Japan's Nikkei leads losses in limited Asian trade

 02 May 2016 - 10:52

Japan's Nikkei leads losses in limited Asian trade
An employee works in front of monitors displaying the current exchange rate of the Japaneseyen against the US dollar (L) and the euro at a foreign exchange brokerage in Tokyo, Japan, 02 May 2016. Japanese shares plummeted, falling over three percent following the yen rise against the US dollar. The benchmark Nikkei 225 Stock Average lost 518.67 points, or 3.11 percent, to end at 16,147.38 as the US dollar reached the mid-106 yen zone. EPA/FRANCK ROBICHON


Tokyo: Tokyo stocks plunged more than three percent as a surging yen hit exporters Monday, leading a sell-off across Asia in holiday-thinned trade and after worries about the global economy fuelled sharp losses in New York and Europe.

The losses in Tokyo come after the Bank of Japan's shock decision Thursday not to unveil any fresh stimulus, while US data also left dealers disappointed.

By the close Japan's Nikkei was down 3.1 percent, while Sydney shed 0.2 percent and Wellington 0.4 percent. Seoul lost 0.8 percent and Manila dived two percent.

Most other markets closed for the May Day public holiday.

The yen has soared against the dollar since the BoJ decision, which came soon after the Federal Reserve indicated it was keeping its eye on market movements before hiking interest rates again.

And it remains elevated despite Japan Finance Minister Taro Aso trying to talk it down by hinting at possible intervention if its strength continues.

He said Saturday the rally was "extremely worrying", adding that "speculative moves are seen behind it".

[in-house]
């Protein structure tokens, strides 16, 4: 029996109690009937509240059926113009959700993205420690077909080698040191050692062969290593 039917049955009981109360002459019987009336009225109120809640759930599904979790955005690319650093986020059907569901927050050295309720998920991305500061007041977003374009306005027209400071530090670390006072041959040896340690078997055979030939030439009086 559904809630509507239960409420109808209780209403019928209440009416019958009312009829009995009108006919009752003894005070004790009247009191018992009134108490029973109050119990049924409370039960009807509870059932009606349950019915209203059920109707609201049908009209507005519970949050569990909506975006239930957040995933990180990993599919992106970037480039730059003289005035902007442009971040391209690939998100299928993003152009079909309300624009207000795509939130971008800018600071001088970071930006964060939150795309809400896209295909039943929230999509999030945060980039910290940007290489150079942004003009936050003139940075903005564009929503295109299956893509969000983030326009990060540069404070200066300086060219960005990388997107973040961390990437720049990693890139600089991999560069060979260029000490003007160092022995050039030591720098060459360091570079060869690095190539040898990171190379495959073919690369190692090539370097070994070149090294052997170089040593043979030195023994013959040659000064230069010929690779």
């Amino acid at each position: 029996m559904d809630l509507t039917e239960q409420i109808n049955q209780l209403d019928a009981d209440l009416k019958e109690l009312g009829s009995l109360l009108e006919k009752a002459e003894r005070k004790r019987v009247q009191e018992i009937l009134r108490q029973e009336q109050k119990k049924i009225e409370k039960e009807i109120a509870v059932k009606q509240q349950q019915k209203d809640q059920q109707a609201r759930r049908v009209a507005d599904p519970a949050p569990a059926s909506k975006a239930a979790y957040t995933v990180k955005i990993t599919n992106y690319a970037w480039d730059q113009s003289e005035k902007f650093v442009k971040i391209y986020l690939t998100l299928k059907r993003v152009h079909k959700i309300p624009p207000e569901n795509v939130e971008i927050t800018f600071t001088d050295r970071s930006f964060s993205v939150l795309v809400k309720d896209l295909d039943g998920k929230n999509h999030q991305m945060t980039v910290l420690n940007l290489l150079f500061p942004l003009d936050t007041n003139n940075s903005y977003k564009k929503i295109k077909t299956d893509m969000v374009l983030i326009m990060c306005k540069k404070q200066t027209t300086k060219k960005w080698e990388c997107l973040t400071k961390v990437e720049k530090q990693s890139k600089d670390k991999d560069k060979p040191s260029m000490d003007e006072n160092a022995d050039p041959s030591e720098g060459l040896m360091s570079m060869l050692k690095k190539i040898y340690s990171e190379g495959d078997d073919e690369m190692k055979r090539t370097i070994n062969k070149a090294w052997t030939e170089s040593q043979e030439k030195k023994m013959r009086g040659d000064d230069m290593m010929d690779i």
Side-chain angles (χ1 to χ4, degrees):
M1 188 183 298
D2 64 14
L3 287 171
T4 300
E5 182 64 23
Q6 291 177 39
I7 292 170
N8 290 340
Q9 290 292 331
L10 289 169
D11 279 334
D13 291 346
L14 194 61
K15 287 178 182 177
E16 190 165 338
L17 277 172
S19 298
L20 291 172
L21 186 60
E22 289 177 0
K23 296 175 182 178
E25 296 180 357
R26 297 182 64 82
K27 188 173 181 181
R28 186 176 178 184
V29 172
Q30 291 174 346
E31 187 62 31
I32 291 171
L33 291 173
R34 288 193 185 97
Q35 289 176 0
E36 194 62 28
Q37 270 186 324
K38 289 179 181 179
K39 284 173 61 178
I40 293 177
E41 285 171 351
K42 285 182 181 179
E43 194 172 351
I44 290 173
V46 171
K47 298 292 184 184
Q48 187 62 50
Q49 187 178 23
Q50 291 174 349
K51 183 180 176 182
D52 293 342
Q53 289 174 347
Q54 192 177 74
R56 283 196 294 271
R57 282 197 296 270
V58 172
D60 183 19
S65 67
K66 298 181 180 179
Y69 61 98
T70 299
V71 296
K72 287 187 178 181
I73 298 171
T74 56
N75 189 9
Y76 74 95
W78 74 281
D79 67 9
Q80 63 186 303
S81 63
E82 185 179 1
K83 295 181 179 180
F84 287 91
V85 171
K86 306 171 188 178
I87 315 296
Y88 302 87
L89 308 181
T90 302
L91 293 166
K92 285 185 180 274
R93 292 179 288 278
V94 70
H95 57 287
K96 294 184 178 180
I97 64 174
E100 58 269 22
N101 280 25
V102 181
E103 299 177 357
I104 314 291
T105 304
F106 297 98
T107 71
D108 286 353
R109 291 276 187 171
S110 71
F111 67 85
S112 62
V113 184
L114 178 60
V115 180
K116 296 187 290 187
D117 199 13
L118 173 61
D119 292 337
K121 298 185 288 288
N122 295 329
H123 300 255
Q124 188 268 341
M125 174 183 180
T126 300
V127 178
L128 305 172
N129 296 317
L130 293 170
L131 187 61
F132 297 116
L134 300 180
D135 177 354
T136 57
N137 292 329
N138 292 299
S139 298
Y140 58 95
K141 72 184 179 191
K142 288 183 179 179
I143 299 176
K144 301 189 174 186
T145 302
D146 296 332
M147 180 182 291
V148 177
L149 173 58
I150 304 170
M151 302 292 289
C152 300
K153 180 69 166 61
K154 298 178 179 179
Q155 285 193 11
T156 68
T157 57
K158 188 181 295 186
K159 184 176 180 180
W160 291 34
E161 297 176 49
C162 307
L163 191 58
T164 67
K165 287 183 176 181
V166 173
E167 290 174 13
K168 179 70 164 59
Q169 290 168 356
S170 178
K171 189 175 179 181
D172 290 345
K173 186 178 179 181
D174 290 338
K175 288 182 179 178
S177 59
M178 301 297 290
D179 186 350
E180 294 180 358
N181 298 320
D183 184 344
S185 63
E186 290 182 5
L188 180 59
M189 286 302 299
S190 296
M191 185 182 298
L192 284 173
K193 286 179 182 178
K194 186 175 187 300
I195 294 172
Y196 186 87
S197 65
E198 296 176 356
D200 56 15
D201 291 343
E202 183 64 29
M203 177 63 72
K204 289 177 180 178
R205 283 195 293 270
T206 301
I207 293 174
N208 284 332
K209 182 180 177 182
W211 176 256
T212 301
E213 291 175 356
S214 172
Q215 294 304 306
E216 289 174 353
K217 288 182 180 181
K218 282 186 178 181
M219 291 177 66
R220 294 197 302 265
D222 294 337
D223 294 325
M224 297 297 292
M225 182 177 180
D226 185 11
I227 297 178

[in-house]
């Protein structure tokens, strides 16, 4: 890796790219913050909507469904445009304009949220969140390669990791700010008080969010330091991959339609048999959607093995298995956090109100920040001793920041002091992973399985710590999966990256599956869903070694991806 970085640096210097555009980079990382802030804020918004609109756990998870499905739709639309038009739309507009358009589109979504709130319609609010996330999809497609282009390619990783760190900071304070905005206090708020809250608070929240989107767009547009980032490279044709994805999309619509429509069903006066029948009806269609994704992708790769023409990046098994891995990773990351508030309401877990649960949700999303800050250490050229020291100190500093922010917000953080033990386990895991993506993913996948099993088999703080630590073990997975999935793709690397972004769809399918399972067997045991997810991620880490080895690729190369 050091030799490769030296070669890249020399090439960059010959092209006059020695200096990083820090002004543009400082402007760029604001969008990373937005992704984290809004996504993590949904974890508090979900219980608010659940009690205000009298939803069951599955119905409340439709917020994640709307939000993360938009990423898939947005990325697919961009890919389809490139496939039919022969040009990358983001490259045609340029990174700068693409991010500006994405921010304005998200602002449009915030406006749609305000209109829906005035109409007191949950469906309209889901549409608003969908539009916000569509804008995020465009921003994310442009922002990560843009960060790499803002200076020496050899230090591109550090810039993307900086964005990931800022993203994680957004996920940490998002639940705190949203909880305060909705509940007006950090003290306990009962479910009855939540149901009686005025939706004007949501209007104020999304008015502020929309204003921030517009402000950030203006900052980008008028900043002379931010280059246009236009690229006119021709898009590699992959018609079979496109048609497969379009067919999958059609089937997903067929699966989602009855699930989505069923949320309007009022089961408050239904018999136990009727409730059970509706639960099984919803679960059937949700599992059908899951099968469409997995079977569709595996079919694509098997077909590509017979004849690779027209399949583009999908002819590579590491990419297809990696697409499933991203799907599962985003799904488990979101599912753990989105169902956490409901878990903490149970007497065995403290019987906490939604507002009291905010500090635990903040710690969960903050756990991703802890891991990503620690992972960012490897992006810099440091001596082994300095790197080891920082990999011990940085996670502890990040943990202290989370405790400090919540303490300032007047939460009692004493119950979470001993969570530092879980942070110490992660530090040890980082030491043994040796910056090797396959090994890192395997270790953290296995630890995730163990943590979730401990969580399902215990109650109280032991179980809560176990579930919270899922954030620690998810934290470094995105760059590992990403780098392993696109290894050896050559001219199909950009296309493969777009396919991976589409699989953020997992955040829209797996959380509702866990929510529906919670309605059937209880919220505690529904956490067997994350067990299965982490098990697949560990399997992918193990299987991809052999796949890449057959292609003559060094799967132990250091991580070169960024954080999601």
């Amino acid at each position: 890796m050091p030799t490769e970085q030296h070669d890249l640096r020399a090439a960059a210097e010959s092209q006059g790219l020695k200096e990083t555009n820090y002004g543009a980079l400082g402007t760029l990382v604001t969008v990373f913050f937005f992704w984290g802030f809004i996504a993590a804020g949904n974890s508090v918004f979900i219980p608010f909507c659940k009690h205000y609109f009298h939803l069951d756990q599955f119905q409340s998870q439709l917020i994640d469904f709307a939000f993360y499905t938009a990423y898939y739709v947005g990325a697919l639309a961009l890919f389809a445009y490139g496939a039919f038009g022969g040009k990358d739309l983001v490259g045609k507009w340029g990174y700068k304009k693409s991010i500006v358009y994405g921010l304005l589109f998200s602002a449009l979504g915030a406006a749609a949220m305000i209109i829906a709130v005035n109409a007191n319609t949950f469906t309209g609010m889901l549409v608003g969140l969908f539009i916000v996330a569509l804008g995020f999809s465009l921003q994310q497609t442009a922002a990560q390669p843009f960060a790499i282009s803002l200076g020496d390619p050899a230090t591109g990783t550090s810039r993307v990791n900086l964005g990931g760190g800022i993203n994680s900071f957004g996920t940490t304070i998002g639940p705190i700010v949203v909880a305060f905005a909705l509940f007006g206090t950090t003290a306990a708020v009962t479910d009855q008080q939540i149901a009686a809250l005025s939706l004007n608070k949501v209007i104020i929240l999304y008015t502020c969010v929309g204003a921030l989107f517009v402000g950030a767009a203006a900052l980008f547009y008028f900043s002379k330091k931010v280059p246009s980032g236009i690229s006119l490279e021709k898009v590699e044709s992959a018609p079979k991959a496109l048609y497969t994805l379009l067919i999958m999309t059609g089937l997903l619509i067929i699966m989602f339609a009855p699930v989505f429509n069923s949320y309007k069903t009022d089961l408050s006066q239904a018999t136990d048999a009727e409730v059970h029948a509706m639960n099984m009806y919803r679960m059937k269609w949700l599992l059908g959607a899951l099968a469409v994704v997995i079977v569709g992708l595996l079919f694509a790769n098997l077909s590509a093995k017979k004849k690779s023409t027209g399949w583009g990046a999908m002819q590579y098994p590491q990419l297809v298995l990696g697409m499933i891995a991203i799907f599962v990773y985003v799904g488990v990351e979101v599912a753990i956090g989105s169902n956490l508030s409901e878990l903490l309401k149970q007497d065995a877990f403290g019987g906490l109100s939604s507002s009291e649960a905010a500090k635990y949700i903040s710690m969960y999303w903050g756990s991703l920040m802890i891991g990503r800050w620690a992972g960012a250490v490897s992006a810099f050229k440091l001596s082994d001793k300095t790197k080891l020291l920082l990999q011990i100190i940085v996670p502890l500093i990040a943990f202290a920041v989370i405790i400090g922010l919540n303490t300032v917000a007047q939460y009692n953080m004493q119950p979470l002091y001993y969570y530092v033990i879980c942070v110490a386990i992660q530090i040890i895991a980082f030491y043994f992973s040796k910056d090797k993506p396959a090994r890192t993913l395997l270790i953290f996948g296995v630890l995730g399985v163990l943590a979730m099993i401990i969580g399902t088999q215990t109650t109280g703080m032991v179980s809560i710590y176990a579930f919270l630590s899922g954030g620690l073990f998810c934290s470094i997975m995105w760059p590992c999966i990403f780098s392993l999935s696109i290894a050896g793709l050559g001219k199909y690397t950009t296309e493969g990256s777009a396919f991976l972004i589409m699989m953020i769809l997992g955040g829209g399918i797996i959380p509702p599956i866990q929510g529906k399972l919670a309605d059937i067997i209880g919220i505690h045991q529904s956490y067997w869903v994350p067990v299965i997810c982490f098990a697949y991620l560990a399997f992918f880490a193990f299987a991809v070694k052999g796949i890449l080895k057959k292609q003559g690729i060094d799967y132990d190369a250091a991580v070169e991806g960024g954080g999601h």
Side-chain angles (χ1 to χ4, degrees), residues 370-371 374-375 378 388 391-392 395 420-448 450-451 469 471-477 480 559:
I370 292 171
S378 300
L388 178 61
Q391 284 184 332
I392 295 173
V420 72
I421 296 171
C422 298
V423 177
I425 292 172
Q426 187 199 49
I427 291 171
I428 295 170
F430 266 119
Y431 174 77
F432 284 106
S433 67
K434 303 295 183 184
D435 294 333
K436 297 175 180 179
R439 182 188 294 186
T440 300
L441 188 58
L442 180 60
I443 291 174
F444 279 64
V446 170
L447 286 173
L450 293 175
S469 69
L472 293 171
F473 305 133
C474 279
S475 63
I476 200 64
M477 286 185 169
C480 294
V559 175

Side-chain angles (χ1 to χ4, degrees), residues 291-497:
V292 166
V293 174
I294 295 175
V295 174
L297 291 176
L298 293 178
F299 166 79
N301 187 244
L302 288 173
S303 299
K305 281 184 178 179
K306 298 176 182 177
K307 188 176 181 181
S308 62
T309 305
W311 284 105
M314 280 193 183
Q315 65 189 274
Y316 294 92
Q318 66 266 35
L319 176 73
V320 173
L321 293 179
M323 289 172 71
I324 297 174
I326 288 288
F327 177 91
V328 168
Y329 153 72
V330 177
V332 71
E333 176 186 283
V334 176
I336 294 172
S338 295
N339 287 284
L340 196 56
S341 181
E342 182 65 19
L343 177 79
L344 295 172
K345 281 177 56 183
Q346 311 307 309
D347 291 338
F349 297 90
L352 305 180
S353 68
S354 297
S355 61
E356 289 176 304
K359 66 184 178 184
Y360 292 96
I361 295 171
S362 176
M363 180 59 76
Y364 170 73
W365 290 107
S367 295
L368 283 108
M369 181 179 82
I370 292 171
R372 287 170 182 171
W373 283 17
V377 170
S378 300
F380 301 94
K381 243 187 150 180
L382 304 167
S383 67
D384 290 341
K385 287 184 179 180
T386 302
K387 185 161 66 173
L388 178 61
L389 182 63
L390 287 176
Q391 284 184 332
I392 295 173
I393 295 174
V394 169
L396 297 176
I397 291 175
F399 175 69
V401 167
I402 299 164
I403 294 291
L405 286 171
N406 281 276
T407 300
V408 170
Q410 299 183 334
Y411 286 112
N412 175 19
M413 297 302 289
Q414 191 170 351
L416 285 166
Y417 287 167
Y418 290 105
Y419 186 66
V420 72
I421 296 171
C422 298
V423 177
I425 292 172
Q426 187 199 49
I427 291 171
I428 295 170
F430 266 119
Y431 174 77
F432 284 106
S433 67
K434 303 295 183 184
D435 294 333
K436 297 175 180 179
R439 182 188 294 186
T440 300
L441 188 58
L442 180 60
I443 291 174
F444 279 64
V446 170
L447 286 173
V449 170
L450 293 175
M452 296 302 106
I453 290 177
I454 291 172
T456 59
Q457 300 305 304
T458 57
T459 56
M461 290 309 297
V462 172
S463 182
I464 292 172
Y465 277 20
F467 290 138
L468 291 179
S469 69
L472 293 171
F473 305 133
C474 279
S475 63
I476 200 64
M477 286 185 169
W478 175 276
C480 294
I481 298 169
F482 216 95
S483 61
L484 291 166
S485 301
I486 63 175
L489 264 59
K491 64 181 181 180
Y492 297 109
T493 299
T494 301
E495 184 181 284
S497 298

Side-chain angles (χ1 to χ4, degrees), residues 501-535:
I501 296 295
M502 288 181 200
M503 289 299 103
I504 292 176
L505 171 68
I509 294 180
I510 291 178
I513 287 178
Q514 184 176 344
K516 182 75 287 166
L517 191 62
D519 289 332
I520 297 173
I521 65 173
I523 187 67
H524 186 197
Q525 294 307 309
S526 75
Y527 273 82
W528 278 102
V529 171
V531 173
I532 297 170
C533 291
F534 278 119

"Tokyo will continue watching the market trends carefully and take actions when necessary," he said.

The greenback bought 106.50 yen Monday, slightly up from late Friday in New York but well down from the levels above 111 yen before the BoJ's surprise announcement.

- Takata dives -

"We expect short-term share market volatility to remain high," Shane Oliver, the Sydney-based head of investment strategy AMP Capital Investors, told Bloomberg News.

"Failure by the BoJ to do more soon risks unwinding all the progress on inflation expectations seen under Abenomics, particularly with the yen breaking to ever higher levels," he added, referring to Prime Minister Shinzo Abe's growth policy blitz.

With the yen rallying, Japan's exporters were under pressure as it reduces the value of their overseas profits.

Sony and Fast Retailing each lost more than four percent, while Toyota slipped 3.8 percent.

Troubled car parts maker Takata plunged 9.3 percent after reports in various media said more than 100 million vehicles equipped with air bags made by the company are likely to be subject to global recalls, up from the current 60 million.

The auto parts giant has been hammered by an exploding air bag defect blamed for at least 11 deaths.

On Sunday China released figures showing the country's factory activity eased slightly in April but continued to expand, helped by a recovery in the property market and indicating some level of stability was returning.

The selling in Asia came after US stocks ended Friday deep in the red as a weak consumer spending reading compounded a below-forecast economic growth result and an uninspiring set of corporate reports.

The Dow slipped 0.3 percent, the S&P 500 was off 0.5 percent and the tech-rich Nasdaq sank 0.6 percent.

In Europe, Frankfurt gave up 2.7 percent and Paris fell 2.8 percent as a strong jump in eurozone growth was offset by another fall in consumer prices that fanned worries about deflation in the bloc. London dived 1.3 percent.

But in early trade in Europe Monday Frankfurt rose 0.5 percent and Paris firmed 0.6 percent. London was closed for a public holiday.